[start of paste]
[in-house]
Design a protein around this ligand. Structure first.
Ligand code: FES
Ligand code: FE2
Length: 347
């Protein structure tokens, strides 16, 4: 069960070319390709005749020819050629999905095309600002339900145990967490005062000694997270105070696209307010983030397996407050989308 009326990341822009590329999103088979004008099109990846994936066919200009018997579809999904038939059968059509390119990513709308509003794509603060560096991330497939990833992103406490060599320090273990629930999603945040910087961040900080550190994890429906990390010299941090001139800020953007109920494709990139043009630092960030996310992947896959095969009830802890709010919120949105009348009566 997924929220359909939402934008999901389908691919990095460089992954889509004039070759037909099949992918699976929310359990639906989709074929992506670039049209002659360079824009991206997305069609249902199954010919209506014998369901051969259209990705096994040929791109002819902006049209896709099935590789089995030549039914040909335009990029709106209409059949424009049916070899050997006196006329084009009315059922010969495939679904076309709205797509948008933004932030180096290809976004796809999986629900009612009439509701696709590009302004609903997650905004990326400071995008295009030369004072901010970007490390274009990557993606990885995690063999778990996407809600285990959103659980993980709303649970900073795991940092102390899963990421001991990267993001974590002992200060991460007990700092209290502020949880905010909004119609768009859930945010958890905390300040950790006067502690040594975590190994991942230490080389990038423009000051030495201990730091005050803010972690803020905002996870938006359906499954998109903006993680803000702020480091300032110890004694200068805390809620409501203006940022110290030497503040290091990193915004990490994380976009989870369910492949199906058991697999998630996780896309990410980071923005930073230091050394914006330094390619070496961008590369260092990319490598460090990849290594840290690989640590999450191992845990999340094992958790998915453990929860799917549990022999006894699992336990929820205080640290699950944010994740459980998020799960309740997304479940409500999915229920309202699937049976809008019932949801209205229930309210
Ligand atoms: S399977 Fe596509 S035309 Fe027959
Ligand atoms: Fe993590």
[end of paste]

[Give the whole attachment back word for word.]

[in-house]
Design a protein around this ligand. Structure first.
Ligand code: FES
Ligand code: FE2
Length: 347
């Protein structure tokens, strides 16, 4: 069960070319390709005749020819050629999905095309600002339900145990967490005062000694997270105070696209307010983030397996407050989308 009326990341822009590329999103088979004008099109990846994936066919200009018997579809999904038939059968059509390119990513709308509003794509603060560096991330497939990833992103406490060599320090273990629930999603945040910087961040900080550190994890429906990390010299941090001139800020953007109920494709990139043009630092960030996310992947896959095969009830802890709010919120949105009348009566 997924929220359909939402934008999901389908691919990095460089992954889509004039070759037909099949992918699976929310359990639906989709074929992506670039049209002659360079824009991206997305069609249902199954010919209506014998369901051969259209990705096994040929791109002819902006049209896709099935590789089995030549039914040909335009990029709106209409059949424009049916070899050997006196006329084009009315059922010969495939679904076309709205797509948008933004932030180096290809976004796809999986629900009612009439509701696709590009302004609903997650905004990326400071995008295009030369004072901010970007490390274009990557993606990885995690063999778990996407809600285990959103659980993980709303649970900073795991940092102390899963990421001991990267993001974590002992200060991460007990700092209290502020949880905010909004119609768009859930945010958890905390300040950790006067502690040594975590190994991942230490080389990038423009000051030495201990730091005050803010972690803020905002996870938006359906499954998109903006993680803000702020480091300032110890004694200068805390809620409501203006940022110290030497503040290091990193915004990490994380976009989870369910492949199906058991697999998630996780896309990410980071923005930073230091050394914006330094390619070496961008590369260092990319490598460090990849290594840290690989640590999450191992845990999340094992958790998915453990929860799917549990022999006894699992336990929820205080640290699950944010994740459980998020799960309740997304479940409500999915229920309202699937049976809008019932949801209205229930309210
Ligand atoms: S399977 Fe596509 S035309 Fe027959
Ligand atoms: Fe993590």